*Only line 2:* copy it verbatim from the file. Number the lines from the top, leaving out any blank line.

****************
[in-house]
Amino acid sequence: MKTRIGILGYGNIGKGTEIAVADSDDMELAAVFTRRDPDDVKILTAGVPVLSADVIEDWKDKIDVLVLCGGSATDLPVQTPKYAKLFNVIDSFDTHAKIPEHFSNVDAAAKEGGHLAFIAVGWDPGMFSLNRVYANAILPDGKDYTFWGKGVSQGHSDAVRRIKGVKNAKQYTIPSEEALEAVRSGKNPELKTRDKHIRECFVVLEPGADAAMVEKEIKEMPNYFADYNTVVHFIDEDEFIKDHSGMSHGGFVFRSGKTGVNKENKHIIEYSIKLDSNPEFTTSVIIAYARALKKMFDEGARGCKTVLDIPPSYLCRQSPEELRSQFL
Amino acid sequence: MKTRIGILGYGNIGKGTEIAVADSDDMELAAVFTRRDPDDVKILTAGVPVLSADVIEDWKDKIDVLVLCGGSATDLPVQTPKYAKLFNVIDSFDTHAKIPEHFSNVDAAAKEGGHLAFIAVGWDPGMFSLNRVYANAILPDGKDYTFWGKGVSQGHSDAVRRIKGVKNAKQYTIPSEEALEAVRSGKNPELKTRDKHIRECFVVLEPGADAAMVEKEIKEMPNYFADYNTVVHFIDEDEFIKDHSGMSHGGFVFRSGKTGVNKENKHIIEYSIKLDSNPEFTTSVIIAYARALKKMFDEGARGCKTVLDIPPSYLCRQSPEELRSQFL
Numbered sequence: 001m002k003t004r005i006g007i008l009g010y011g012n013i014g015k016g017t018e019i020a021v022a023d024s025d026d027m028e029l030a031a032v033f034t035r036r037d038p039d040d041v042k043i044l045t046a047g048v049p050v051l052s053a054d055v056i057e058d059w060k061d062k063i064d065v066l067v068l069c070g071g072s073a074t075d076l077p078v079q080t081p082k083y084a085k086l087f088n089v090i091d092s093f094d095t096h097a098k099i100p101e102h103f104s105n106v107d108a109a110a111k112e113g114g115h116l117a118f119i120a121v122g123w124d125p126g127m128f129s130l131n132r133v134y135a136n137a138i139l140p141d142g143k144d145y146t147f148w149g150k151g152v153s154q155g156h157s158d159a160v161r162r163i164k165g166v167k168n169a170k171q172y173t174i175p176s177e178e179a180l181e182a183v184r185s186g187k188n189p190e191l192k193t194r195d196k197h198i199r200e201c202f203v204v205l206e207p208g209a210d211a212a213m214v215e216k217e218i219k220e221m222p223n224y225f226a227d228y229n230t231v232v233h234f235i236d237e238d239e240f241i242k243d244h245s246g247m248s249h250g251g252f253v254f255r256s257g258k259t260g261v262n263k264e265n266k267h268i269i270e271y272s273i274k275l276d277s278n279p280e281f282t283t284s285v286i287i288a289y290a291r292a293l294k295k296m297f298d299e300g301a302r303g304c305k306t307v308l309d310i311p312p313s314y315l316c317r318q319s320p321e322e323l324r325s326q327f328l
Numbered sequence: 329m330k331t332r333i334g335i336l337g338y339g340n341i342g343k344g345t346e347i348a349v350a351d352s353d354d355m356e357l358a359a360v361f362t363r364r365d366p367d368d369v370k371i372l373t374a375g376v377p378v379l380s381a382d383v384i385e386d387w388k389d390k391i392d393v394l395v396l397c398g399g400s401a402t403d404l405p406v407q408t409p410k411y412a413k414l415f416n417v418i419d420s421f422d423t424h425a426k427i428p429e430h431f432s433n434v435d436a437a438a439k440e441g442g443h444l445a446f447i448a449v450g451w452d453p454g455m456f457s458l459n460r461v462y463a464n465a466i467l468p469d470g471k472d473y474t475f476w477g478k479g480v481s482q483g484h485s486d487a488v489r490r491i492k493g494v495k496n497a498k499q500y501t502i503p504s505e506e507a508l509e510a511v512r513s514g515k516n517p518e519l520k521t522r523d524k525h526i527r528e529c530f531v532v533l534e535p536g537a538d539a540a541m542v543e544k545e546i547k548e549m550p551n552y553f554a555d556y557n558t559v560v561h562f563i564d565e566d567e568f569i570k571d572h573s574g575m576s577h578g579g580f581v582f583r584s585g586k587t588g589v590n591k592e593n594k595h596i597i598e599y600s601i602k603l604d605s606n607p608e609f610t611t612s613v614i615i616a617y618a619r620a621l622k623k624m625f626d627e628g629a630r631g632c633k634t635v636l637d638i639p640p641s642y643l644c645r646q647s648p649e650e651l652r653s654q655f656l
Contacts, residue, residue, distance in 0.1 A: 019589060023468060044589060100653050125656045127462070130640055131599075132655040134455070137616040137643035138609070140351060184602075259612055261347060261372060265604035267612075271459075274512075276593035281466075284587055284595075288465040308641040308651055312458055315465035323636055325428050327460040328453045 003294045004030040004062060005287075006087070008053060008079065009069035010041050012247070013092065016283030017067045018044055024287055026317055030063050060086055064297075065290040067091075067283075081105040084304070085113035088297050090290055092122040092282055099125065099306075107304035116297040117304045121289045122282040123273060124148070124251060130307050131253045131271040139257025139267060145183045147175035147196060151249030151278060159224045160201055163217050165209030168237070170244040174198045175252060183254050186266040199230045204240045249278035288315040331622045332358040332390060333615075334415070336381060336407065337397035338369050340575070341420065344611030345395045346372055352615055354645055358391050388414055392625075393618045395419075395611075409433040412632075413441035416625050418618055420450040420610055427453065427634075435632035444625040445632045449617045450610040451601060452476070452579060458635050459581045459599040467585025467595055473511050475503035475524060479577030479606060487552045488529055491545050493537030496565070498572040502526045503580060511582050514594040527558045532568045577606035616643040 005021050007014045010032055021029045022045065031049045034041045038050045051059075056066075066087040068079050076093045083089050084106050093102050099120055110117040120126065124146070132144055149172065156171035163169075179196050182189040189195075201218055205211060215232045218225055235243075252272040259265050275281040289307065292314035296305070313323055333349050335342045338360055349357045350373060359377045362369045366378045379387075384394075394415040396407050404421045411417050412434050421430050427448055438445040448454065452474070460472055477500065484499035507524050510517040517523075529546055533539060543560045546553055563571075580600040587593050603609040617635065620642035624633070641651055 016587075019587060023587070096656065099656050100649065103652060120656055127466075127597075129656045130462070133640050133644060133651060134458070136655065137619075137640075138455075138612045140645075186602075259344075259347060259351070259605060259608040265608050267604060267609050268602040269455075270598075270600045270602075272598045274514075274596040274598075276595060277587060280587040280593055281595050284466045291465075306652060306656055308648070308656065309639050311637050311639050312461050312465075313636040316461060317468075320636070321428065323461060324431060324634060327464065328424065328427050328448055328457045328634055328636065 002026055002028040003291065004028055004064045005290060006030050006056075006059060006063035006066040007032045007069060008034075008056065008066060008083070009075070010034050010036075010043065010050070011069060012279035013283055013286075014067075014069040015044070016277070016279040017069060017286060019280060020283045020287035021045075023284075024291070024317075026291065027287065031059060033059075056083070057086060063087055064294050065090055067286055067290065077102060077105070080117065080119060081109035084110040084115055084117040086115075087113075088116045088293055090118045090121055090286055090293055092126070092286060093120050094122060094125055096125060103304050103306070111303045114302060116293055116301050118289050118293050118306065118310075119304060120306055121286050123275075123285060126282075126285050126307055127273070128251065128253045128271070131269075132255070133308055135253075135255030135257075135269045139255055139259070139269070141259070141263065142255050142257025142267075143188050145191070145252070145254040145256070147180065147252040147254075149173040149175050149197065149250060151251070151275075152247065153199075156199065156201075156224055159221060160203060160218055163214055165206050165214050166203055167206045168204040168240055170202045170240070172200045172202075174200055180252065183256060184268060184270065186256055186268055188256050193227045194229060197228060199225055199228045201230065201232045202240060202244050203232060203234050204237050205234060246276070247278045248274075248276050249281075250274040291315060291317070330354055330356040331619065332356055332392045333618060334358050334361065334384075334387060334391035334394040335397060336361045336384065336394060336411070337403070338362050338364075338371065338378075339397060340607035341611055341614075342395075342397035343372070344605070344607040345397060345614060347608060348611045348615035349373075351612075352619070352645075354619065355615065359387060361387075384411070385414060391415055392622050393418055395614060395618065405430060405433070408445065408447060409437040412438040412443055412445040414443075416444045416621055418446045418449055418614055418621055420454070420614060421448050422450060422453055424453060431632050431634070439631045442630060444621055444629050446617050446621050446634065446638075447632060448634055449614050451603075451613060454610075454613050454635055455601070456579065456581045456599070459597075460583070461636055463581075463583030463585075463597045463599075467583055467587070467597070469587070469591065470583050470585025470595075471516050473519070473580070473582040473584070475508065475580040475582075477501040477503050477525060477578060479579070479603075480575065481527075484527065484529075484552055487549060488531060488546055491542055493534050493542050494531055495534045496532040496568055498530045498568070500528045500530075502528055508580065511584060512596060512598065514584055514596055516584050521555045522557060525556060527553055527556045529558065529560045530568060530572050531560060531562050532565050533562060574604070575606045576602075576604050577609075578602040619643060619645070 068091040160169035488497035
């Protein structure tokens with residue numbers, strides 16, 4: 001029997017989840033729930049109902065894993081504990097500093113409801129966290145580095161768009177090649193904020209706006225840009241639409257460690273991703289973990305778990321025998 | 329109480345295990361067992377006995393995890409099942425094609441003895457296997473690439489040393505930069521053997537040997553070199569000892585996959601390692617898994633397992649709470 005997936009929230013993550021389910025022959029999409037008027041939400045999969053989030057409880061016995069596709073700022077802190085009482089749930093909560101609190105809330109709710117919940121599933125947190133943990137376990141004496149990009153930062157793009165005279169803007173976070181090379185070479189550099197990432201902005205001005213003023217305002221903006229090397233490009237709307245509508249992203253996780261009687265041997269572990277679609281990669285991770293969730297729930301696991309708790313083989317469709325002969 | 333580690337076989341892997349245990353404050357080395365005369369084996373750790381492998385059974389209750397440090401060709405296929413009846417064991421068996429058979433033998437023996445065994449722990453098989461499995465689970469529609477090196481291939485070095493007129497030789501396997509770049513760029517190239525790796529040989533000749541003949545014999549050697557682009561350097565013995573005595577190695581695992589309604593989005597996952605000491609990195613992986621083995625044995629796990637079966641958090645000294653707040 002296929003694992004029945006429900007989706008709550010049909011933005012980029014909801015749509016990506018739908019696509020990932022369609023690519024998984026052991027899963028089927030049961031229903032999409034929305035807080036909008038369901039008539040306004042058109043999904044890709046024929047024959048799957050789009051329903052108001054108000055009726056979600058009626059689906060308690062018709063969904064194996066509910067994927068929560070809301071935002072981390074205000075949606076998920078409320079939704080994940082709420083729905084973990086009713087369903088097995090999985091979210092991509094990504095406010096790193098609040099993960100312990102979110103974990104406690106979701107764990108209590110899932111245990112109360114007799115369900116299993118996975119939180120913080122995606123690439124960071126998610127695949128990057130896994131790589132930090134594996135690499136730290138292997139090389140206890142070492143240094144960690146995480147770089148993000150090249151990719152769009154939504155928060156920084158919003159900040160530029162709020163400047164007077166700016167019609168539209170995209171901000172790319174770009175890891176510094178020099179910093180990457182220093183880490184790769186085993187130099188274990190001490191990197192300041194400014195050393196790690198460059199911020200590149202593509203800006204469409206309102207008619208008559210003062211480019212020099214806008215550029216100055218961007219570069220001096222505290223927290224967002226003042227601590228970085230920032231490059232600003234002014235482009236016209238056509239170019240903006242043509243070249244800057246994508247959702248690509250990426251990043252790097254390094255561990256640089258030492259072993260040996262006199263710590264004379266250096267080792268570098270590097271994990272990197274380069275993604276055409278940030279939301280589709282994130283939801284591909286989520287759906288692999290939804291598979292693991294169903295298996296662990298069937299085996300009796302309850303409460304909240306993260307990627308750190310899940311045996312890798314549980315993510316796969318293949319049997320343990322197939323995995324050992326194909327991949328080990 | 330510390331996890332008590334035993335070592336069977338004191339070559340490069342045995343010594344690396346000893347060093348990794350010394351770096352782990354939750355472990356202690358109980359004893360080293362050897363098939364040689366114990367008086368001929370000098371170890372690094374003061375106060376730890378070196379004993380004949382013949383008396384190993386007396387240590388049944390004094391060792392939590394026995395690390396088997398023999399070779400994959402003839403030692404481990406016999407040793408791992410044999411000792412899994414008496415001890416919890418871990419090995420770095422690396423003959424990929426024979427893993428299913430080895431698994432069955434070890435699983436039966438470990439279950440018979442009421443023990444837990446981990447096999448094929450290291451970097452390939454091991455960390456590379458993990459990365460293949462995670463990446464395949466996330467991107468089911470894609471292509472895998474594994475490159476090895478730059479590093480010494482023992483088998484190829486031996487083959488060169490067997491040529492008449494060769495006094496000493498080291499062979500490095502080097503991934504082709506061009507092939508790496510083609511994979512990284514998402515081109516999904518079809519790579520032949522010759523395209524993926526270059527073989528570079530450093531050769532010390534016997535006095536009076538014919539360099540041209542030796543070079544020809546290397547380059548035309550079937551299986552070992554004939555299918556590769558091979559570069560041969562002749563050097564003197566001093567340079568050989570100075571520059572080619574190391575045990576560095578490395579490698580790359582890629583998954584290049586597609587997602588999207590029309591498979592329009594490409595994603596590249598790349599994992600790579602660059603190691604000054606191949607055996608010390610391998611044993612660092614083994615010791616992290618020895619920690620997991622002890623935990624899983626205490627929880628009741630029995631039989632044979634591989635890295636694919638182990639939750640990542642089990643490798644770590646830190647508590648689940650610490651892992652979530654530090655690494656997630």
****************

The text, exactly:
Amino acid sequence: MKTRIGILGYGNIGKGTEIAVADSDDMELAAVFTRRDPDDVKILTAGVPVLSADVIEDWKDKIDVLVLCGGSATDLPVQTPKYAKLFNVIDSFDTHAKIPEHFSNVDAAAKEGGHLAFIAVGWDPGMFSLNRVYANAILPDGKDYTFWGKGVSQGHSDAVRRIKGVKNAKQYTIPSEEALEAVRSGKNPELKTRDKHIRECFVVLEPGADAAMVEKEIKEMPNYFADYNTVVHFIDEDEFIKDHSGMSHGGFVFRSGKTGVNKENKHIIEYSIKLDSNPEFTTSVIIAYARALKKMFDEGARGCKTVLDIPPSYLCRQSPEELRSQFL